[Fedora-legal-list] License question
Tom "spot" Callaway
tcallawa at redhat.com
Wed Sep 22 14:46:57 UTC 2010
On 09/21/2010 03:54 PM, Michel Alexandre Salim wrote:
> On Tue, Sep 21, 2010 at 9:45 PM, Jochen Schmitt <Jochen at herr-schmitt.de> wrote:
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>> Am 21.09.2010 21:34, schrieb Tom "spot" Callaway:
>>>> The gpl.txt file included in the package is of version 3 of the
>>>> license, but the preamble doesn't state a version. Is this
>>> It's okay, but if no version is specified in the code or
>>> corresponding documentation (note: _NOT_ COPYING), then it is GPL+.
>> Why not COPYING? If an author copying a license text in his
>> upstream distribution, their declares that the terms written
>> down in this document should be apply to this work which
>> should release.
> IANAL, but I've seen project websites where the license declaration
> just link to the current GPL page on the GNU website, even when this
> might conflict with what the headers on the source files actually say.
> Presumably the situation with bundled COPYING files are the same --
> that, given that the files might become detached from the bundle and
> reused elsewhere (hello, Sun RPC), that we can't attach any legal
> significance to the copyright file that comes with the bundle or is
> posted on a website, certainly not when it comes to details as to
> which version is to be used.
Well, this is true, but the GPL/LGPL are notably special.
1) COPYING is not considered part of the copyrighted work. If you think
about this for a second, it makes sense. For example, look at what GPLv2
Everyone is permitted to copy and distribute verbatim copies
of this license document, but changing it is not allowed."
If COPYING was part of the copyrighted work (and thus, was available
under the terms of the GPLv2, it would have the right to modify).
2) Now, look at this wording (from GPLv2):
This License applies to any program or other work which contains a
notice placed by the copyright holder saying it may be distributed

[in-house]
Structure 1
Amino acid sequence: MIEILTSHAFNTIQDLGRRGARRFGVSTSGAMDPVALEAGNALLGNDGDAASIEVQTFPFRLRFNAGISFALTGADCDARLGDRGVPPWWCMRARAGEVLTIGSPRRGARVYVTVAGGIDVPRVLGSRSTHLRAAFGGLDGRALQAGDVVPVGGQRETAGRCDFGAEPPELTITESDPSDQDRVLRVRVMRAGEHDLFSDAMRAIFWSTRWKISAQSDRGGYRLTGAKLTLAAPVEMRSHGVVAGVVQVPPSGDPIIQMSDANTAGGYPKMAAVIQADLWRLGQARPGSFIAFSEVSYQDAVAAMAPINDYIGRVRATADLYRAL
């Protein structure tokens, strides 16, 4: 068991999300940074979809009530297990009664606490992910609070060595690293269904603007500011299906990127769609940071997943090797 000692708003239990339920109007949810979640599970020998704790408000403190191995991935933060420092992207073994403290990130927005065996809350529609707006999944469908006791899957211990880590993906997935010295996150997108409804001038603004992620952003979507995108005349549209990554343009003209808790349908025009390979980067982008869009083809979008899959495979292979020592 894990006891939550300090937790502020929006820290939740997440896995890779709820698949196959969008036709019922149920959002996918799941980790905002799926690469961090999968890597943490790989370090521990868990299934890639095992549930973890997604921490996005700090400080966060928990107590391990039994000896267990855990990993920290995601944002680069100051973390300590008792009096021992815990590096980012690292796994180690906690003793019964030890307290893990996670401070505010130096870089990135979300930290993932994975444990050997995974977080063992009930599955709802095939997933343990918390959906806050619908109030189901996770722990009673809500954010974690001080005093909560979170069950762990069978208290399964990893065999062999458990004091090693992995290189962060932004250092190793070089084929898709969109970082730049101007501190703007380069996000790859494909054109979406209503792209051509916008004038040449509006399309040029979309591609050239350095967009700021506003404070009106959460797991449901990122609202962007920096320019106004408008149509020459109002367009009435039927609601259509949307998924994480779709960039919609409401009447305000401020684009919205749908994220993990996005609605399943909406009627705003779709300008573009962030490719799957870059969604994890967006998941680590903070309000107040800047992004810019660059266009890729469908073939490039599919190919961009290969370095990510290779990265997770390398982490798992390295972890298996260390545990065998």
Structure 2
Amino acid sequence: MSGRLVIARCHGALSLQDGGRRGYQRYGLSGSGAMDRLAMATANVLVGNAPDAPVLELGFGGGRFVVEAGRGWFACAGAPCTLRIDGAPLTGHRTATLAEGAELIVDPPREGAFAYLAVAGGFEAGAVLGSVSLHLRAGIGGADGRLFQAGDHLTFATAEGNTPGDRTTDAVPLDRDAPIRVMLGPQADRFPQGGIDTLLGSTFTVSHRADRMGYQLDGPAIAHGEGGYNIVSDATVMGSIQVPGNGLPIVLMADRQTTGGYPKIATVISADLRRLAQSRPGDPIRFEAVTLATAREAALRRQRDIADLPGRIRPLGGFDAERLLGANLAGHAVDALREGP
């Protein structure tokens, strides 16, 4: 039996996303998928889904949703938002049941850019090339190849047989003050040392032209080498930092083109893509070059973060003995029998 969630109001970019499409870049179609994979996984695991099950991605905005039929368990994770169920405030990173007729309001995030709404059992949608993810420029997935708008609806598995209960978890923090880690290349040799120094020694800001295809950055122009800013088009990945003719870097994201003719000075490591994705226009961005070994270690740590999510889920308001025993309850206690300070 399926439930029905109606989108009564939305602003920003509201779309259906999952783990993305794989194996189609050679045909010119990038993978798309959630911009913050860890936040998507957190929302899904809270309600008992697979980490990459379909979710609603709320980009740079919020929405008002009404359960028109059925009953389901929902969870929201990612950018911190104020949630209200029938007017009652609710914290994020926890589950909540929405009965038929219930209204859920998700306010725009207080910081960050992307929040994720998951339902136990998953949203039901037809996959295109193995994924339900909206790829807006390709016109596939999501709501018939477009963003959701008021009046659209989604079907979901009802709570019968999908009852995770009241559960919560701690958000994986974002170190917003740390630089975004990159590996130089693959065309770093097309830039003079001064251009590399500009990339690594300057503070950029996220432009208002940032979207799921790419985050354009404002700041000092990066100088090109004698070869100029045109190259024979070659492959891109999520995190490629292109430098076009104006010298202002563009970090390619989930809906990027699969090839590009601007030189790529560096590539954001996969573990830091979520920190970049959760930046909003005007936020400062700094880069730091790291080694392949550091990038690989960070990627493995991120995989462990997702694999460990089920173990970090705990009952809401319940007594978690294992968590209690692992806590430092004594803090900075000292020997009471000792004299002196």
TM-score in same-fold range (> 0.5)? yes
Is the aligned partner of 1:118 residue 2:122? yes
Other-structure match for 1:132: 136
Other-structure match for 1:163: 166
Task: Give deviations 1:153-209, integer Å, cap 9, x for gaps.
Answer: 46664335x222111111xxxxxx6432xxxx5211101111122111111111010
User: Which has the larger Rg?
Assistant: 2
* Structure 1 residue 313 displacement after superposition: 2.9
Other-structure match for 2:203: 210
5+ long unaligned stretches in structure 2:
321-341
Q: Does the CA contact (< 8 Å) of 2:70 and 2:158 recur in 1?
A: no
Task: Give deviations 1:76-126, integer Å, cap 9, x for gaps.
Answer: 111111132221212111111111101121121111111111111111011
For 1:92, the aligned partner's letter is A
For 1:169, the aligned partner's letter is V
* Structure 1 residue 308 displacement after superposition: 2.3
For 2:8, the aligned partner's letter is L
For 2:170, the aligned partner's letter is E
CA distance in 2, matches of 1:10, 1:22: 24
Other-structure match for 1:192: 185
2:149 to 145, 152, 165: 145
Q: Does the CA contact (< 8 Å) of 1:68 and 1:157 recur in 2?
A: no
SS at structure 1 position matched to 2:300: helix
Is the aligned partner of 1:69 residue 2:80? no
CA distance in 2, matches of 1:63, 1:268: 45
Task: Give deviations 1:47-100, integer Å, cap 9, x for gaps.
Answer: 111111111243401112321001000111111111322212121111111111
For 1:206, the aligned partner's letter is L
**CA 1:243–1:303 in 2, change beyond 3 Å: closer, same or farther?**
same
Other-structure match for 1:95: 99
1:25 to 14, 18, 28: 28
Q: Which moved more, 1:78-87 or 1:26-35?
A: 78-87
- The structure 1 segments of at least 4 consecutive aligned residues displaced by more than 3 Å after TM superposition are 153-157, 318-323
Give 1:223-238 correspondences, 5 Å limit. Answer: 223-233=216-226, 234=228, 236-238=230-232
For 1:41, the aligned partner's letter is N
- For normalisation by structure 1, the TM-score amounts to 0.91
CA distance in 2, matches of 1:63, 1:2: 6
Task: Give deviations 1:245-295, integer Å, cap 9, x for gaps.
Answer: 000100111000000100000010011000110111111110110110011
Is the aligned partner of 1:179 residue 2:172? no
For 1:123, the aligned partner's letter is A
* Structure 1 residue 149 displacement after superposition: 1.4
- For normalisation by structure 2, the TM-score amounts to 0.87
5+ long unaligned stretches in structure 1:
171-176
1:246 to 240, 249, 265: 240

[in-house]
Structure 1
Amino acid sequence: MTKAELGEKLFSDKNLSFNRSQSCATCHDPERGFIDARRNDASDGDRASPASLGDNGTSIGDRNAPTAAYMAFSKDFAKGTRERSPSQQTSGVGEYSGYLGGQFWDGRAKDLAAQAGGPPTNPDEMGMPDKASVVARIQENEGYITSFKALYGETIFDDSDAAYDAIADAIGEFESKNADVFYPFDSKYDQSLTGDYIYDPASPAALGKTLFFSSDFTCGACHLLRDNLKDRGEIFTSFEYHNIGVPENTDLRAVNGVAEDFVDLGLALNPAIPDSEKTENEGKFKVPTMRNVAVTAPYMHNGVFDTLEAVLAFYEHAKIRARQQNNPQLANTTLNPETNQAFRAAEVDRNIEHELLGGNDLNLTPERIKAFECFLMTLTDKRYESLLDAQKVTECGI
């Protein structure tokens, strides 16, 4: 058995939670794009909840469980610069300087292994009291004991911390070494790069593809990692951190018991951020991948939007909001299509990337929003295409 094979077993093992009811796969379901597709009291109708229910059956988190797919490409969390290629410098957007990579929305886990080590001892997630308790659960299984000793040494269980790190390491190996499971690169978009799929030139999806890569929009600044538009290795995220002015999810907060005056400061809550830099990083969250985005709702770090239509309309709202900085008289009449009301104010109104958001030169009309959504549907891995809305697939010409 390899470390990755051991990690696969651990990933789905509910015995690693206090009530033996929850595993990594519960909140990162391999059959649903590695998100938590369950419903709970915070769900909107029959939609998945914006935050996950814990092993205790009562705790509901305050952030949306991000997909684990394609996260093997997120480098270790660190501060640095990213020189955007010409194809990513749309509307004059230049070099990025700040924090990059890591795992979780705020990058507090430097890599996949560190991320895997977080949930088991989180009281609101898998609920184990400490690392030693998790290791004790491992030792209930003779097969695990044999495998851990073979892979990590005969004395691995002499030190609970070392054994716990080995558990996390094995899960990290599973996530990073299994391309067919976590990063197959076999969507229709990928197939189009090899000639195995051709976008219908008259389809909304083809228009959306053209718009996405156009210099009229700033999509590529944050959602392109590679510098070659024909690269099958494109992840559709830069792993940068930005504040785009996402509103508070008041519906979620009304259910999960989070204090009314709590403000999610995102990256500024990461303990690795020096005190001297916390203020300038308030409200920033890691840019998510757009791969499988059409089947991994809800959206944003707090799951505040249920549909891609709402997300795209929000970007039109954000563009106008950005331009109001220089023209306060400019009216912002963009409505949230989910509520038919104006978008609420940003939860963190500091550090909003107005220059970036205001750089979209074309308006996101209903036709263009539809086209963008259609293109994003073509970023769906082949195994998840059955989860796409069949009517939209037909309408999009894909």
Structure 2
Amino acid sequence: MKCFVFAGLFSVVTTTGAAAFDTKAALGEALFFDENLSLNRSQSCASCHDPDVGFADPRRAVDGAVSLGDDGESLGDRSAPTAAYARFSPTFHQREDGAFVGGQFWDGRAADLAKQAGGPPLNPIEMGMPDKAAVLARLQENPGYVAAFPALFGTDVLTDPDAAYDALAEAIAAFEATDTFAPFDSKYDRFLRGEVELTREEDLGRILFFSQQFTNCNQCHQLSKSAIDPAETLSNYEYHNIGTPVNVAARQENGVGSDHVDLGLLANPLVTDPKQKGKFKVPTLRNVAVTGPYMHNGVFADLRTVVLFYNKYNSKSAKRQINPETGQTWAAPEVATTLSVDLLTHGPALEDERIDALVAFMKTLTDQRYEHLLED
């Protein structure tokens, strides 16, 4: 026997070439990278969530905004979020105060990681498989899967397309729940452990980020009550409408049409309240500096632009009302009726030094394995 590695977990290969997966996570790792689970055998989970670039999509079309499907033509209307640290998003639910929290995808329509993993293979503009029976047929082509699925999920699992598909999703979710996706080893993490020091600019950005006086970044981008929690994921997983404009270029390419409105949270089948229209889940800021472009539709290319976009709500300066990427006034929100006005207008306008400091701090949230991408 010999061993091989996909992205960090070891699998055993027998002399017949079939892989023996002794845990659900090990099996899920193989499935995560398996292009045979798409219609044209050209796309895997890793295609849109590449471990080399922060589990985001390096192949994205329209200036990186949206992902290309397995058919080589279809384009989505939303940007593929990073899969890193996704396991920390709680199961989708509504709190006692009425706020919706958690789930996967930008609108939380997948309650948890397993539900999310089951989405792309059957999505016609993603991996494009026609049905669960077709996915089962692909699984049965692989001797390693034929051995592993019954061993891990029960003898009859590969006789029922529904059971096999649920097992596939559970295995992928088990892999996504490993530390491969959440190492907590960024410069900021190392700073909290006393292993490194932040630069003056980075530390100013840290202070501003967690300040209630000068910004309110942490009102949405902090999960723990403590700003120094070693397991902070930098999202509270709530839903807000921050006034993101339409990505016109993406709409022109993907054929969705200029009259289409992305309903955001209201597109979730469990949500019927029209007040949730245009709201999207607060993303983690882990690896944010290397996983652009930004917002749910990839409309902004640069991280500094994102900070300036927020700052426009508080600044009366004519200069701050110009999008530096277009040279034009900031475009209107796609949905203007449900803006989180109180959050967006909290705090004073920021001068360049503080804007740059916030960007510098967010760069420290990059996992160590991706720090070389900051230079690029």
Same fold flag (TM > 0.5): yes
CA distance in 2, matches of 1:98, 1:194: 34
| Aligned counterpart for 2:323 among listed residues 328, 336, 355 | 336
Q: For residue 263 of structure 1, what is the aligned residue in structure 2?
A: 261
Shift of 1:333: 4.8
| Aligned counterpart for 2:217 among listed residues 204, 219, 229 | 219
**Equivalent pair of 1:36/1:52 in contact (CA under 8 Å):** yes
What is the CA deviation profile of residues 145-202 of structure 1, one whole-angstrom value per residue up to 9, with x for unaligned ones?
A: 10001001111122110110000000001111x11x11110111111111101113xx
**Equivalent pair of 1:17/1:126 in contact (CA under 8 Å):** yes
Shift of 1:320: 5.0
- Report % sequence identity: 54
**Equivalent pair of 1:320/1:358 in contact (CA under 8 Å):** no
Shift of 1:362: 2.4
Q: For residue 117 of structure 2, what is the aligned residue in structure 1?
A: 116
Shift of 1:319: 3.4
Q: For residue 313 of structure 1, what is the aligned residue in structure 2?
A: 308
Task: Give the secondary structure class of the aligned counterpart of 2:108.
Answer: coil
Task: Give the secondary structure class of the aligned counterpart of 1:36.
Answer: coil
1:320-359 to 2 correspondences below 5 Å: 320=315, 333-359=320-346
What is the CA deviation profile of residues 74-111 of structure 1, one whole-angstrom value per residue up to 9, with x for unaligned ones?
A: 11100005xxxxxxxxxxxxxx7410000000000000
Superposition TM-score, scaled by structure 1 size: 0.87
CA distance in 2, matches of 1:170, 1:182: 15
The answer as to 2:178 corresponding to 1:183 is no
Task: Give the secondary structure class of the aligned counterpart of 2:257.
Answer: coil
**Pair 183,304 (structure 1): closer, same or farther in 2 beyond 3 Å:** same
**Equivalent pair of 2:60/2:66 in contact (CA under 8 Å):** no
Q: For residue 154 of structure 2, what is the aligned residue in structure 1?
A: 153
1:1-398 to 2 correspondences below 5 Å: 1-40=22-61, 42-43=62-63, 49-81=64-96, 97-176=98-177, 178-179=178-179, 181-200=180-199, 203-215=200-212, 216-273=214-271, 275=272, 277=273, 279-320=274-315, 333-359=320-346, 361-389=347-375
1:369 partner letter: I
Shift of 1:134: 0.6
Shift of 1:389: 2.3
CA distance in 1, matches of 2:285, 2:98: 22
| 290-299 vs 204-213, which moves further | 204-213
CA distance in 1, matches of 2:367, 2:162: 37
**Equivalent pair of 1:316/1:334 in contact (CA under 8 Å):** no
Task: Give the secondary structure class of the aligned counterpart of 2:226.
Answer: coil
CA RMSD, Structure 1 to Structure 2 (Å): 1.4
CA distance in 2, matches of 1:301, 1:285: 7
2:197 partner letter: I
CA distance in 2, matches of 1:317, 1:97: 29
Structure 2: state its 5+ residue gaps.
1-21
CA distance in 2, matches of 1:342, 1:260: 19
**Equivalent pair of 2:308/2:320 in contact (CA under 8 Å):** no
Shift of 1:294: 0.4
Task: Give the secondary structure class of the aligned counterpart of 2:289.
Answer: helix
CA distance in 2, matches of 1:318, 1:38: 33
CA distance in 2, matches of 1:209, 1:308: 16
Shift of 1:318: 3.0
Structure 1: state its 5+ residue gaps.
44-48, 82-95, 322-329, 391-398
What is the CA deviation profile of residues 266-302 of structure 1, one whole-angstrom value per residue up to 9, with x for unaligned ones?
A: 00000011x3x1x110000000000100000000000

under the terms of this General Public License.
The inclusion of COPYING counts as this notice, even though it isn't
part of the "program or other work". A mention in the documentation will
also suffice, but per-file attribution is ideal.
Right after that, it defines "the Program" as:
The "Program", below, refers to any such program or work, and a "work
based on the Program" means either the Program or any derivative work
under copyright law: that is to say, a work containing the Program or
a portion of it, either verbatim or with modifications and/or
translated into another language.
Remember, COPYING is not part of the "Program". The "Program" is what
the GPL covers.
3) Combine that with this (again, from GPLv2):
If the Program specifies a version number of this License which
applies to it and "any later version", you have the option of
following the terms and conditions either of that version or of any
later version published by the Free Software Foundation. If the
Program does not specify a version number of this License, you may
choose any version ever published by the Free Software Foundation.
Conclusion: We need to look to the "Program" to specify a version
number, we cannot trust what is in COPYING, specifically because COPYING
says versioning depends on what the "Program" says (or fails to say),
and COPYING itself is not part of the "Program".
Believe it or not, I'm pretty sure this is intentional (or at least, a
happy accident), based on conversations with various folks at the FSF,
and the fact that the same logic persists through v2 and v3 of the GPL
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